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This is book number 13 in the Charles Lenox Mysteries series.
Charles Lenox, easily the most civilised, charming, and delightful of British detective types, is back in the third of the prequel books written by bestselling mystery author Charles Finch.
In this tale we follow along as Lenox and his faithful sidekick Graham try to solve the crime surrounding the appearance of a very dead body on a train. Along the way, favorite regular characters such as Lady Jane and Lenox’s brother Edmund appear to fill out a thoroughly enjoyable, and I would argue best of the three prequels, tale.
For this novel, Finch draws on America a little to supply some of his characters, and the approaching civil war and issue of slavery are frequently discussed among the characters. As is the issue of Charles’ love life. If you have read the other books in the Charles Lenox series, you’ll know how this ends, but this knowledge does not prevent the attempts at society to marry him off to every eligible and willing woman from being a welcome and entertaining diversion.
If you have read the other books by Finch that make up the Charles Lenox series, you’ll definitely want to get this to fill out the prequel set and see it connect thoroughly to the series. If you are unfamiliar with Finch, get yourself The Woman in the Water and The Vanishing Man and read quickly so that you can be ready to go on publication date.— Hannah Reidell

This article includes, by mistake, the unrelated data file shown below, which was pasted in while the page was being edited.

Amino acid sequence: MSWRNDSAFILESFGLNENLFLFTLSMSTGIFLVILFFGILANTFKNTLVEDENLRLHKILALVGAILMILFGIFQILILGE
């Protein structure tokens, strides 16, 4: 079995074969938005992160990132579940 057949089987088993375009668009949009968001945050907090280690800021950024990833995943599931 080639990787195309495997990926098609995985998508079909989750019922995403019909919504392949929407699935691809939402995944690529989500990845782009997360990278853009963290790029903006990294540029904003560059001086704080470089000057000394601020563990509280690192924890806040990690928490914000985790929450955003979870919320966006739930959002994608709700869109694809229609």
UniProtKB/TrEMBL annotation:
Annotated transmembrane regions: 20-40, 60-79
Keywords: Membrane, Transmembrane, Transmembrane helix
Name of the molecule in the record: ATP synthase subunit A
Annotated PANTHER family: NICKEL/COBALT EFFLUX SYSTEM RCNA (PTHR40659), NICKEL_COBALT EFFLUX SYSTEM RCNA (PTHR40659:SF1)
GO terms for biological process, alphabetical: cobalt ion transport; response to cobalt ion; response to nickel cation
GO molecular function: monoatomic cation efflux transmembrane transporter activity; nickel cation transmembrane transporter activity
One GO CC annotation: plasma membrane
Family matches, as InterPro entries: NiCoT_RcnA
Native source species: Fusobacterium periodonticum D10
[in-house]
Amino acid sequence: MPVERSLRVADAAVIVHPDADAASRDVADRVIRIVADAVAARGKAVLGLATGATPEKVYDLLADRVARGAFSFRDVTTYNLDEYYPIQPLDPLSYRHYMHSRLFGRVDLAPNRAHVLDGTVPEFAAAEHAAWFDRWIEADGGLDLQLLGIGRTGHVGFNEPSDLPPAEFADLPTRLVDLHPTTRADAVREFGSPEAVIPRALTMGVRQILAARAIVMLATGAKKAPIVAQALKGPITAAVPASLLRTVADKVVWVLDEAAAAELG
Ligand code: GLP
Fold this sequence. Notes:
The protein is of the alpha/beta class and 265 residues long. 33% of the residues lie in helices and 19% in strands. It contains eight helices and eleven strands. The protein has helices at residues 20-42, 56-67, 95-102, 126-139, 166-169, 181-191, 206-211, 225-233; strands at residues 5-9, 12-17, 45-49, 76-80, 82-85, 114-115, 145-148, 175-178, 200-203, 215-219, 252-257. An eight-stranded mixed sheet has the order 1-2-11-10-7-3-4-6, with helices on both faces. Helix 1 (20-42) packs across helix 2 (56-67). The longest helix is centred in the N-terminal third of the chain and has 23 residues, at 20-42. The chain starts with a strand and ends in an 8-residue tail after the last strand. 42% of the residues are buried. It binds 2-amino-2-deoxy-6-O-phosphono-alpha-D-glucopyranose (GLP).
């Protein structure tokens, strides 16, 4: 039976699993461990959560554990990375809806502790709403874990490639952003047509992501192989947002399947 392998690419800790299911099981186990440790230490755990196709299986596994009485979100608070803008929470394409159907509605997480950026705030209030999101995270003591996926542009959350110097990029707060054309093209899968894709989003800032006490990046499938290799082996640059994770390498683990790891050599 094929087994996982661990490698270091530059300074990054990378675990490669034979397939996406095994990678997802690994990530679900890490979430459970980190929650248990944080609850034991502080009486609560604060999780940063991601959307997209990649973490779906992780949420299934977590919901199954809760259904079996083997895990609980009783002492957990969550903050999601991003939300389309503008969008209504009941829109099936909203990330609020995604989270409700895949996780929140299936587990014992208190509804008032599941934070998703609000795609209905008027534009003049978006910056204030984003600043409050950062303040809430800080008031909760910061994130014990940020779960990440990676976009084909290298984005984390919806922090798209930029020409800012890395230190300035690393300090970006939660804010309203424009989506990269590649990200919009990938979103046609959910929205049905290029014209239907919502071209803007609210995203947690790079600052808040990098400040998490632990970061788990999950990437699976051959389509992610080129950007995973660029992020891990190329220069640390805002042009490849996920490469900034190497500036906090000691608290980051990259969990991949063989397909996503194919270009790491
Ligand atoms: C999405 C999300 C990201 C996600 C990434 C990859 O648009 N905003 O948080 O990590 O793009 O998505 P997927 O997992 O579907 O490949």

"Bravo, Mr. Finch, and keep them coming! More Lenox, please." —Louise Penny, bestselling author of A Better Man
From bestselling author Charles Finch comes the third and final in a prequel trilogy to his lauded Charles Lenox series.
London, 1855. A young and eager Charles Lenox faces his toughest case yet: a murder without a single clue. Slumped in a third-class car at Paddington Station is the body of a handsome young gentleman. He has no luggage, empty pockets, and no sign of identification on his person. And putting together the clues to the mystery of the man’s identity only raises more questions, when Lenox discovers that the crime has a significant connection to America.
As he seeks to solve this impossible case, the young Lenox must confront an equally troublesome problem in his personal life. Kitty Ashbrook, beautiful and cultured, appears to be his soulmate—but love comes with obstacles of its own. In tandem, this fiendish early case and passionate, deeply felt affair will irrevocably shape the brilliant detective and thoughtful gentleman Lenox is destined to become.
Written in Charles Finch’s unmistakably witty and graceful voice, The Last Passenger is a cunning, thrilling, and deeply satisfying conclusion to this trilogy of prequels to his bestselling Charles Lenox series.
Praise for The Last Passenger:
“Smashing...That’s the charm of Finch’s style and [Lenox’s] own manner of sleuthing — a brilliant display of brainy deduction...classy writing and beguiling details.” —The New York Times Book Review